Language, Audience, Values

A Provocation for Designers to Refocus

Austin Ward (MAUD '19)

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Image Source: Washington, D.C., February 2017. [Ted Eytan]

In the concluding remarks of Michael Murphy & Alan Ricks paper Beyond Shelter: Architecture and Human Dignity the authors make a definitive plea that the profession of architecture needs to re-focus its values and practices in order to address the current and future needs of the societies it serves. They argue that if not, we will lose our agency as designers. If we take seriously this plea, how and where do we begin to make strides in re-focusing these efforts? Here are three places to start.


Far too often, our language as designers is inaccessible, irresponsibly insular, and more concerned about constructing a language of own aesthetic. Here I mean this visually, then we use verbal and written language in support of our aesthetic agendas. We debate work using language and syntax that is largely academic in nature and use platforms for communication of work and ideas that are primarily sourced by designers for other designers, becoming trapped in disciplinary jargon as so many other professions do. We must ask ourselves, is this a responsible or even productive practice? If language is principally about communication, and we only ever communicate to ourselves as an audience, how are we ever to be effective in understanding or addressing the current and future needs of the communities in which we work?

We would do well as designers, and as students of our respective disciplines to develop new practices of language, to communicate with a broader audience as a way to understand and respond to their most critical needs. Language becomes the bridge by which we as designers can exchange and relate ideas to a diverse and broad collective. We must use language as a means to communicate our ideas outward, not just inwardly to ourselves.


Who is our audience? To put it in a different way than for whom do we design, the question is an easy one to ask, but perhaps one of the more difficult to answer. Urban design for me, even more so than architecture, situates itself as a design of the public realm. As champions of projects of-and-for the people, the greatest challenge is that we are never designing for a single individual or group. There is always a friction a tension of a greater diverse collective in our work, and I don’t see this as a negative. I see this diversity as being the source of great exchange and possibility. However, what I believe therefore results in our practice is that this complexity leads to complacency and broad generality in our practice, and in our language.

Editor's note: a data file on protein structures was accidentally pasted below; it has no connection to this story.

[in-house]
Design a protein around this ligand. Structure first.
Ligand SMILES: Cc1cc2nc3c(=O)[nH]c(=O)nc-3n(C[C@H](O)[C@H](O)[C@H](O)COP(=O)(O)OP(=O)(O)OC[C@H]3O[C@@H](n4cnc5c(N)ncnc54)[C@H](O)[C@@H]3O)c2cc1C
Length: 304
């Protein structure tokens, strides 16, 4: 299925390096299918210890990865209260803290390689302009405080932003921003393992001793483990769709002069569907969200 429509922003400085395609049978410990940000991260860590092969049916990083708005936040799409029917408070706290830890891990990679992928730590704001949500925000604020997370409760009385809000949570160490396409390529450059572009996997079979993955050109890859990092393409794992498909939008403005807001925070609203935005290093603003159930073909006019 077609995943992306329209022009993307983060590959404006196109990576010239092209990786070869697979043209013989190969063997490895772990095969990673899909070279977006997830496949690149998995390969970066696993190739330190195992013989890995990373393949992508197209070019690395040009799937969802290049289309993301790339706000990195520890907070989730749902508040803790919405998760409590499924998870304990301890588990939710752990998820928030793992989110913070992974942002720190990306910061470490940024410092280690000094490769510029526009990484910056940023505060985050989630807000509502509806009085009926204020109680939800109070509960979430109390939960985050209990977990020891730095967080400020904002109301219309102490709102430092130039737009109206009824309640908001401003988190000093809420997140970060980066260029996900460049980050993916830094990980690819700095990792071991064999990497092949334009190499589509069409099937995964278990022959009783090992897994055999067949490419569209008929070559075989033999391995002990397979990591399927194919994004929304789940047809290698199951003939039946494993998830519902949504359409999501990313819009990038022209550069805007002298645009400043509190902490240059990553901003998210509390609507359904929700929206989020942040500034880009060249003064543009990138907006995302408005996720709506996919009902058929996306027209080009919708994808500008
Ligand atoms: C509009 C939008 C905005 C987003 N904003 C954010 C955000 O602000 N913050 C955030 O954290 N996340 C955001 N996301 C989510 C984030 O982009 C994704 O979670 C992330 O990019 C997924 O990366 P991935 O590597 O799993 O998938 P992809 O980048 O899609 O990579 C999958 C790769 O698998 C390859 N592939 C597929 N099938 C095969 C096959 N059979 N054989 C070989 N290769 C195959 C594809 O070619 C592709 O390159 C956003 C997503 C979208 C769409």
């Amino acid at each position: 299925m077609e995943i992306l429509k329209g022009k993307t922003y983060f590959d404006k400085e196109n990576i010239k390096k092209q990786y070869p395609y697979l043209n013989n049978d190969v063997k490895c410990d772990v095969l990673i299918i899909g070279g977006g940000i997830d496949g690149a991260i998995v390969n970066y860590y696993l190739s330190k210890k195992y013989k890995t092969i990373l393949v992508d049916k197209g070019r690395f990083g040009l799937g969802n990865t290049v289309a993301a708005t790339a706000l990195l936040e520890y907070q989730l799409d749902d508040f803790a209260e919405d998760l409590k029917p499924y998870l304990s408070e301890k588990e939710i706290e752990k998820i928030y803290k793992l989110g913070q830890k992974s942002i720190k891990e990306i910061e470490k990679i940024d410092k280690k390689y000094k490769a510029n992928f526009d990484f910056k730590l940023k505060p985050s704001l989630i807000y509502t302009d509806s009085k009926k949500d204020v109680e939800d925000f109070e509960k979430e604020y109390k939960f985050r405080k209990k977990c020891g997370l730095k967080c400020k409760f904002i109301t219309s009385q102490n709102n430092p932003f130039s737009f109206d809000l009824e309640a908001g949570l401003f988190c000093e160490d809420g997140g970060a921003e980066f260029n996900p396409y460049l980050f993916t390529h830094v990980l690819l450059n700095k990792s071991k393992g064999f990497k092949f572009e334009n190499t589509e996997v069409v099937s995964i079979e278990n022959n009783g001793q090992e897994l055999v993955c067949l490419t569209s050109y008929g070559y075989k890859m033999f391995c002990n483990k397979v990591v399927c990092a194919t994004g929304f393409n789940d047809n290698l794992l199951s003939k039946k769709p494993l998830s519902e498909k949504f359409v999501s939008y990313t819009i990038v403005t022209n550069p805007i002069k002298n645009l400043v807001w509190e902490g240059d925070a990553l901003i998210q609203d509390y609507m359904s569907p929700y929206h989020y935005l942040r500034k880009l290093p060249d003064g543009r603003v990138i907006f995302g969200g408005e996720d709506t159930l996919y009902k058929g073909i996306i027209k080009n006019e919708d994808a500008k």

We generalize ideas and language as a broad brush, over-simplification of complex problems rather than pressing into the tensions and challenges to give language and resolution to more nuanced readings and solutions for our cities and their citizens. We as urban designers cannot become complacent in accepting broad generalities and in proliferating them as universal ideals globally. There is too much at stake. We must be able to use our agency as designers in reading the city, the communities, the places in which we work, leveraging the skills we possess, in order to construct and articulate new narratives through design in support of the people and locales in which we practice.


I believe this all leads to values, and this is perhaps where we have the most work to do. I was recently in a studio review in which a critic asked this very question. “What are you bringing to this, what set of values are driving you?” At the time, the question seemed so natural and central to defining the work, but I later realized how abnormal that question was in the context of the academy. We often are more concerned with big ideas than big values. What if this were reversed? What if we as urban designers focused more on listening to our communities and forming values in the stewardship of those communities as a way to generate new ideas, rather than the reverse?

Developing values as designers allows us to see clearly the audience of our work, and to articulate through language, the problems and potential solutions to the multitude of challenges we face. This work is no small task, but the earlier we start this practice, the better equipped we are to serve our cities and their citizens.


  1. Murphy, Michael, and Ricks, Alan,. “Beyond Shelter: Architecture and Human Dignity,” In The Journal of Architecture, Vol. 18.1, 2013, pp. 111 – 114.

  2. De Carlo, Giancarlo,. “An Architecture of Participation,” In Perspecta, Vol. 17 1980, pp. 74-79.